Their pitching is terrific, and they can hit, too. They also are as resilient as they come as a team. They had four All-Stars, but they really have six. With so many wonderful things happening for the Dodgers these days, it's difficult to choose the catalyst behind their great run.Then
Their pitching is terrific, and they can hit, too. They also are as resilient as they come as a team. They had four All-Stars, but they really have six. With so many wonderful things happening for the Dodgers these days, it's difficult to choose the catalyst behind their great run.
Then again, maybe not. It's Chase Utley.
"Oh, man. When it comes to what we're doing, he's huge for us," said Chris Taylor, who is rather significant himself on the Dodgers as their solid left fielder with a .313 batting average, 13 homers and 51 RBIs.
Taylor sounded like others around the Dodgers' clubhouse, including third baseman Justin Turner. For one, he leads the Major Leagues in both batting average at .350 and on-base percentage at .448. For another, Turner ranks with pitcher Alex Wood (13-1, 2.33 ERA) as somebody who should have made the All-Star Game this year with shortstop Corey Seager, first baseman Cody Bellinger, starting pitcher Clayton Kershaw and closer Kenly Jansen.
In case you haven't noticed by now, Utley wasn't a 2017 All-Star, mostly because he's a 38-year-old backup for the Dodgers at second and first. He's hitting .241 after 220 at-bats with six homers and 27 RBIs.
Still, to hear Taylor, Turner and others tell it amongst their peers, Utley is the Dodgers' Most Valuable Player, and they don't think it's close.
"We have a quality group of guys who understand that the goal is to show up every day and figure out how to win a game that day and not worry about the past or what's ahead of us, and I think a lot of that comes from Chase Utley," Turner said of the Southern California native. "It's how he goes about his business, and that rubs off on everybody on the whole team. You see every night from us, the details that the guys use to play the game, and the fight and the relentlessness and the belief, and it starts at the top with [manager Dave Roberts], but it comes to the players from Chase, and that has a trickle-down effect on everybody in the clubhouse."
So who is Utley? Not only that, but what makes him such a pied piper for a loaded Dodgers team that has the best record in the Major Leagues at 76-32 and is on pace to go within two victories of matching the all-time record for wins during a season at 116?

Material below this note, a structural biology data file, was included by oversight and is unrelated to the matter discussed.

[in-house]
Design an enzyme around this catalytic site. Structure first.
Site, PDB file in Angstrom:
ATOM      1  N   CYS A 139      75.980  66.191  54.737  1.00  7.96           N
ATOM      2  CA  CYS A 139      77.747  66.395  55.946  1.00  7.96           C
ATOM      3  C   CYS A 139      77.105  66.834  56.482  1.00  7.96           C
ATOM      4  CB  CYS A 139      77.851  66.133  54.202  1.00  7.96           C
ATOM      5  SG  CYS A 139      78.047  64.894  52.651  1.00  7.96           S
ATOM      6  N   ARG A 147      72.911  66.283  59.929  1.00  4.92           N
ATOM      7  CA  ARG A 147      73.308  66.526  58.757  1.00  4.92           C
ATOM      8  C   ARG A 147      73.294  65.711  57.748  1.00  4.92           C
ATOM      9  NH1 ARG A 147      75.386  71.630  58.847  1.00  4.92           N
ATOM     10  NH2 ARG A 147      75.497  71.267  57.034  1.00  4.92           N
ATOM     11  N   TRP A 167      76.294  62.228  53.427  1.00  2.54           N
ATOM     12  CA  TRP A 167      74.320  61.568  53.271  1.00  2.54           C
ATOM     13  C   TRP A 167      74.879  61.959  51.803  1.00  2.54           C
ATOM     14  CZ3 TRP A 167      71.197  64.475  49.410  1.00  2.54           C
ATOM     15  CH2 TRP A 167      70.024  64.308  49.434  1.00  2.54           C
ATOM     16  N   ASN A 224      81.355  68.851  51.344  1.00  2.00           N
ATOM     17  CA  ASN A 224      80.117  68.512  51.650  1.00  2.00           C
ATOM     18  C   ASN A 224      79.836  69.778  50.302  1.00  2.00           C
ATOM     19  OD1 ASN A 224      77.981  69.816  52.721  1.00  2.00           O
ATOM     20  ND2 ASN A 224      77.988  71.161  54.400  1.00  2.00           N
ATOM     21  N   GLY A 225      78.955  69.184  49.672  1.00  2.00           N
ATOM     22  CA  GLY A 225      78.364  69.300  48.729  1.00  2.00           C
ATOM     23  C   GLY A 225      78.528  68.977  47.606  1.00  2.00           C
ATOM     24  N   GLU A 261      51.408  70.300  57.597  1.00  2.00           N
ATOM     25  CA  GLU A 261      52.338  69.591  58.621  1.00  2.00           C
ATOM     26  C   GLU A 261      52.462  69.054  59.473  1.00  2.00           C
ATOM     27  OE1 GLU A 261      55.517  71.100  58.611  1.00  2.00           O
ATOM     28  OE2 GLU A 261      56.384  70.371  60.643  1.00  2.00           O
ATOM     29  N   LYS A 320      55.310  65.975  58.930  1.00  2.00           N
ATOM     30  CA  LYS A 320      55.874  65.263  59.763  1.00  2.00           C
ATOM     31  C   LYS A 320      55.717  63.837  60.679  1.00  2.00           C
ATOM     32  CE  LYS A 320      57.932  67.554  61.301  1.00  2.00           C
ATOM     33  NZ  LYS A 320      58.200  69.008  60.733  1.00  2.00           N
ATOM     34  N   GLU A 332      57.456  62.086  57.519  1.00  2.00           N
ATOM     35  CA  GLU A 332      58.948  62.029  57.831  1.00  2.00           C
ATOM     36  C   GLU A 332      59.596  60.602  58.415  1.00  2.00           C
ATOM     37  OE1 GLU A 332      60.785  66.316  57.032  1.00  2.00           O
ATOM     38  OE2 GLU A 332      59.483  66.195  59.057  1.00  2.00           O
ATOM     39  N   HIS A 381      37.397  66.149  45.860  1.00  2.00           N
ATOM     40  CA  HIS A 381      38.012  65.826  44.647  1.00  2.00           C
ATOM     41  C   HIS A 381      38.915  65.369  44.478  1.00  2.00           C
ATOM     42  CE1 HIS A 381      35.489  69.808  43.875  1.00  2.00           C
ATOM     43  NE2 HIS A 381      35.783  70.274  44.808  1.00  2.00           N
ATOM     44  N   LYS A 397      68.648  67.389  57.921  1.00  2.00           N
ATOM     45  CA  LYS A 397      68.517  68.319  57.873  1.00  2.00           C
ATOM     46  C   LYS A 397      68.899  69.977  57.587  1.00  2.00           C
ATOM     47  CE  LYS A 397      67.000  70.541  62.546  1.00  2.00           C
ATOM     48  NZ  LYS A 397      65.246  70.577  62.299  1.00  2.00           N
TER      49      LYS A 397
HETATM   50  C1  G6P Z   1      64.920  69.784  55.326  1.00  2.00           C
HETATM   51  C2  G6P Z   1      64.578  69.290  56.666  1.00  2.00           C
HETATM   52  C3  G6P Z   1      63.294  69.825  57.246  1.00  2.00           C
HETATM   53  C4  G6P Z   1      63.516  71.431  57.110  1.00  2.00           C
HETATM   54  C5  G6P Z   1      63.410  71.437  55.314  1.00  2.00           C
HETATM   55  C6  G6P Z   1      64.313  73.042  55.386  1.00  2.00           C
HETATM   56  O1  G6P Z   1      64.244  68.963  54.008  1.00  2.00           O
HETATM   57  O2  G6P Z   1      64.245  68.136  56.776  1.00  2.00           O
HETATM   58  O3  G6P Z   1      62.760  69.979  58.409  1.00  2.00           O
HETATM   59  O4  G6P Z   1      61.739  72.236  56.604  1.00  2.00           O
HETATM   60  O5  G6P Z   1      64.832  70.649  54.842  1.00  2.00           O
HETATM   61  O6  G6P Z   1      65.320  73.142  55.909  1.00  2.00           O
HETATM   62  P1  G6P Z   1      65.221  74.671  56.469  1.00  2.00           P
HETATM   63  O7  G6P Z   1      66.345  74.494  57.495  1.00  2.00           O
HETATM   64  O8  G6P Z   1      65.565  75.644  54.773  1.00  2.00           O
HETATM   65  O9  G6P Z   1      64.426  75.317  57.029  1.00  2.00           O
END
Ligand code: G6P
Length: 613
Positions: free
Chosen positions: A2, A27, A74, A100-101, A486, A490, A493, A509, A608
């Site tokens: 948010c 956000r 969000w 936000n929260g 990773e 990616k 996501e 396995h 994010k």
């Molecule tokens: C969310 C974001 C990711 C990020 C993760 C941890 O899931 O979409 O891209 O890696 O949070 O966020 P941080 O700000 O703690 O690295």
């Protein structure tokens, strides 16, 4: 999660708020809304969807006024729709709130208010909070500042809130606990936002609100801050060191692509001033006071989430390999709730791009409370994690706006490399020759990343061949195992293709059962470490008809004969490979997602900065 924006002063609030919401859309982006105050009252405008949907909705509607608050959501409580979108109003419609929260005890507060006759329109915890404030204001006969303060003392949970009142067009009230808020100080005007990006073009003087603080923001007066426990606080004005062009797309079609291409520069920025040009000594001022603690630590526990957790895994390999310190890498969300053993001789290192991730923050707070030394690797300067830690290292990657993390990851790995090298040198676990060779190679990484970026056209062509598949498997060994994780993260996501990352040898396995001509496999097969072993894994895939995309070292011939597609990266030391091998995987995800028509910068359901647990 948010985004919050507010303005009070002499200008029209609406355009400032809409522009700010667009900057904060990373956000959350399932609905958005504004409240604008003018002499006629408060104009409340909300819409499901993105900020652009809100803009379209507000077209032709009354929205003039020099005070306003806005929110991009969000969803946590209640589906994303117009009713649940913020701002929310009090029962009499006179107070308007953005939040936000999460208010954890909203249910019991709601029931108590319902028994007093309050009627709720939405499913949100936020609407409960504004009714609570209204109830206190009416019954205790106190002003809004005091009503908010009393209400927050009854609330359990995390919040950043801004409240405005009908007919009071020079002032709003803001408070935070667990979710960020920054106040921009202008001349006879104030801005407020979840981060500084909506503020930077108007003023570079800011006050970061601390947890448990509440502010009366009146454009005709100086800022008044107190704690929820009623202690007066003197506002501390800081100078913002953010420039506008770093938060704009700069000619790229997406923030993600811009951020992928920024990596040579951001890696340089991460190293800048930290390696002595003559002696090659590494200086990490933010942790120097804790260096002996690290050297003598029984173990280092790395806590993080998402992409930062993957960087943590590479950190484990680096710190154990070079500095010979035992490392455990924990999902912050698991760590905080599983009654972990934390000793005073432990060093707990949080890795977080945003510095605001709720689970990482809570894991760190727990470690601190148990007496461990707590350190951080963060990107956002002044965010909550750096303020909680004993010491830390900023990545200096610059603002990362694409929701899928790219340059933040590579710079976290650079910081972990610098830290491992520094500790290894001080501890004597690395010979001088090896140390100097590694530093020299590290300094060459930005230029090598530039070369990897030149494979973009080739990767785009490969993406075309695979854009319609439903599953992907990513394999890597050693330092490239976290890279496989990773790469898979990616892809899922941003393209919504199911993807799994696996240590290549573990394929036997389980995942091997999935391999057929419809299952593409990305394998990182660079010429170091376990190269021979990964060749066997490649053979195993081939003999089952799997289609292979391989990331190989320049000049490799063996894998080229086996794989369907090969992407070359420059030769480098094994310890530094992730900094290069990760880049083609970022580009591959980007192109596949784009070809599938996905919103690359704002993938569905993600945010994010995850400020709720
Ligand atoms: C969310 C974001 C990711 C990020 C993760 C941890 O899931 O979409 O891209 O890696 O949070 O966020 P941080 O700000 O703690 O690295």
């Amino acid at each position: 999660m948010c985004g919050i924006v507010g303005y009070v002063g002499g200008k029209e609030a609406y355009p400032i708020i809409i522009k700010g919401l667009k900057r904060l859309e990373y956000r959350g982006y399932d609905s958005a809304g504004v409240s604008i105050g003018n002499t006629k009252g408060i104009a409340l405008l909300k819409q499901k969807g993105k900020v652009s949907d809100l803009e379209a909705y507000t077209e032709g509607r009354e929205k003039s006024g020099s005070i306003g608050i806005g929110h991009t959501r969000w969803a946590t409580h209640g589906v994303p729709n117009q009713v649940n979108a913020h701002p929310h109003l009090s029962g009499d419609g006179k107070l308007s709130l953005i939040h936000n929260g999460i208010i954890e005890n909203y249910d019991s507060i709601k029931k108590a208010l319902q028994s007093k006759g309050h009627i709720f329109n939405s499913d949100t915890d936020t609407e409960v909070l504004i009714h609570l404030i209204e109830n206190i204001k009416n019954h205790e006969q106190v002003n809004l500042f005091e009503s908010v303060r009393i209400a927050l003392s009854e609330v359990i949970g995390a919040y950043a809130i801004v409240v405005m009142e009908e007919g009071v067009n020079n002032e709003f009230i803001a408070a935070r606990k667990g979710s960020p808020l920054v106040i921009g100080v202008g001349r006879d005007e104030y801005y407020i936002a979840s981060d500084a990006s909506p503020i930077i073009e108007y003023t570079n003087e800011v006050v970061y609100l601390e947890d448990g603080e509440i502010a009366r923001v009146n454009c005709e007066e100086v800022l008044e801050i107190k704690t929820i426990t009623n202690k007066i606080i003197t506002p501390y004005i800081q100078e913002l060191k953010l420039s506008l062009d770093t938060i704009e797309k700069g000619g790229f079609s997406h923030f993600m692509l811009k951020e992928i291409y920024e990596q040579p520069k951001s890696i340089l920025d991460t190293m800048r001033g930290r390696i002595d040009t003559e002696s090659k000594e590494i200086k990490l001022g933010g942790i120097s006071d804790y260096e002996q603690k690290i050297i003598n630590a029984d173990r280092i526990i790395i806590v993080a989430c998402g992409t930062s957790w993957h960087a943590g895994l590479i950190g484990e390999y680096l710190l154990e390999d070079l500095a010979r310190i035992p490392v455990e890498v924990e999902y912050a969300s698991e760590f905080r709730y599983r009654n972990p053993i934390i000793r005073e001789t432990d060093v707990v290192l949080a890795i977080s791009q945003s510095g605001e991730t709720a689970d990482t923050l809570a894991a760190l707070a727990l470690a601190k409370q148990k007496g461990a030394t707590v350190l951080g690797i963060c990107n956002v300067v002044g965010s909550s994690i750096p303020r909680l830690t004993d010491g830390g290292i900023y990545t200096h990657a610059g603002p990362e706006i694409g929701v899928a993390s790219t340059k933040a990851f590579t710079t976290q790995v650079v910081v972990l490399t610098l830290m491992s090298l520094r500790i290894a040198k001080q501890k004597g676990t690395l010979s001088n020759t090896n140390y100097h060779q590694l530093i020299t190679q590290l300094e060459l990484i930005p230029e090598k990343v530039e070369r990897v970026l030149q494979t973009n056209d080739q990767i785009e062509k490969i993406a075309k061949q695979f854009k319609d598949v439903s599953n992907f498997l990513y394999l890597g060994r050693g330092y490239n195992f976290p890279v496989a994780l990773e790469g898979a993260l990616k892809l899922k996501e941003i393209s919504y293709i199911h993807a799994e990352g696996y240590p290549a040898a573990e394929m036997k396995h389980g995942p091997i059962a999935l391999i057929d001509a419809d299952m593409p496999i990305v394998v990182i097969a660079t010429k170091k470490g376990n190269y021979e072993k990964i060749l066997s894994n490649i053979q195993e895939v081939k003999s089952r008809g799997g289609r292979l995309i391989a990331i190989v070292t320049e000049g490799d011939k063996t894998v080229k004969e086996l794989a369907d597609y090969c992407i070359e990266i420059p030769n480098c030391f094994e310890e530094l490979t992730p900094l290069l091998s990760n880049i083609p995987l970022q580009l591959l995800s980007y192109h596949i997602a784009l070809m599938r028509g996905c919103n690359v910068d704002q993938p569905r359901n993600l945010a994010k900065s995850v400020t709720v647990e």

Well, Utley was part of an everyday nucleus in Philadelphia that included perennial All-Stars James Rollins and Ryan Howard, and it spent years turning the Phillies into a prominent force in the National League. Not coincidentally, their spurt began after Utley became their regular second baseman in 2005, which was the year after they finished two games shy of taking the NL East.
Then, with Utley making five of his six trips overall to the All-Star Game, the Phillies were second again in 2006 before they grabbed five consecutive division titles, including two pennants and the World Series title in '08. Utley was part of the game's top double-play combinations during that stretch with Rollins at shortstop, and Howard was in his prime as a slugging first baseman.
In essence, those Phillies resembled these Dodgers in the ability to overcome adversity on a consistent basis.
But don't be fooled, Utley said.
"I think it all starts with pitching," Utley said, whose 2008 Phillies, for instance, had their version of Kershaw (15-2, 2.04 ERA), Wood and the dominating Jansen for this year's Dodgers team in starting pitching ace Cole Hamels, who grabbed MVP honors during the NL Championship Series and the World Series, and closer Brad Lidge, who didn't blow a save during the regular season or the postseason. "What happens is, pitching in general, and that strong starting pitching in particular, keeps you in a lot of games. It's very similar here.
"As far as offense is concerned, guys here run the bases well, and I thought we did the same with the Phillies. And just like here, in Philly, everybody that was in that lineup had the ability to hit a home run, essentially, but there is one difference, I would say, between the two teams.
"This team is a little more selective at the plate. We're taking our walks this year when they present themselves, and we're hitting mistakes. Not that we didn't do that in Philadelphia, but throughout the entire batting order here, I think we're doing a better job regarding those things."
All of that said, Utley didn't elaborate much on the most striking similarity between the Phillies of then and the Dodgers of now.
"I believe that's the big reason we brought him back," Taylor said of Utley, who was traded from the Phillies to the Dodgers near the end of the 2015 season, and then he was signed to one-year deals before each of the past two seasons. "It's not only what he can do for you on the field, but it's what he does for a team inside of the clubhouse as well. He's a lead-by-example type of guy. He really pays attention to details. He's the first one on the field, and he's the last one to leave every day. He's a real student of the game, and the way he goes about his business to prepare himself, he's probably the best I've ever seen."
No arguments there from Turner, who said "guys are constantly talking to Chase about his time with the Phillies and everything else. We have constant dialogue with him around our clubhouse. He sets the bar as high as anybody possibly can, and if you're not doing things the right way, then you're really letting down a guy who is doing everything the right way.
"He's been unbelievable for us."
Just look at the streaking Dodgers.
Terence Moore is a columnist for MLB.com.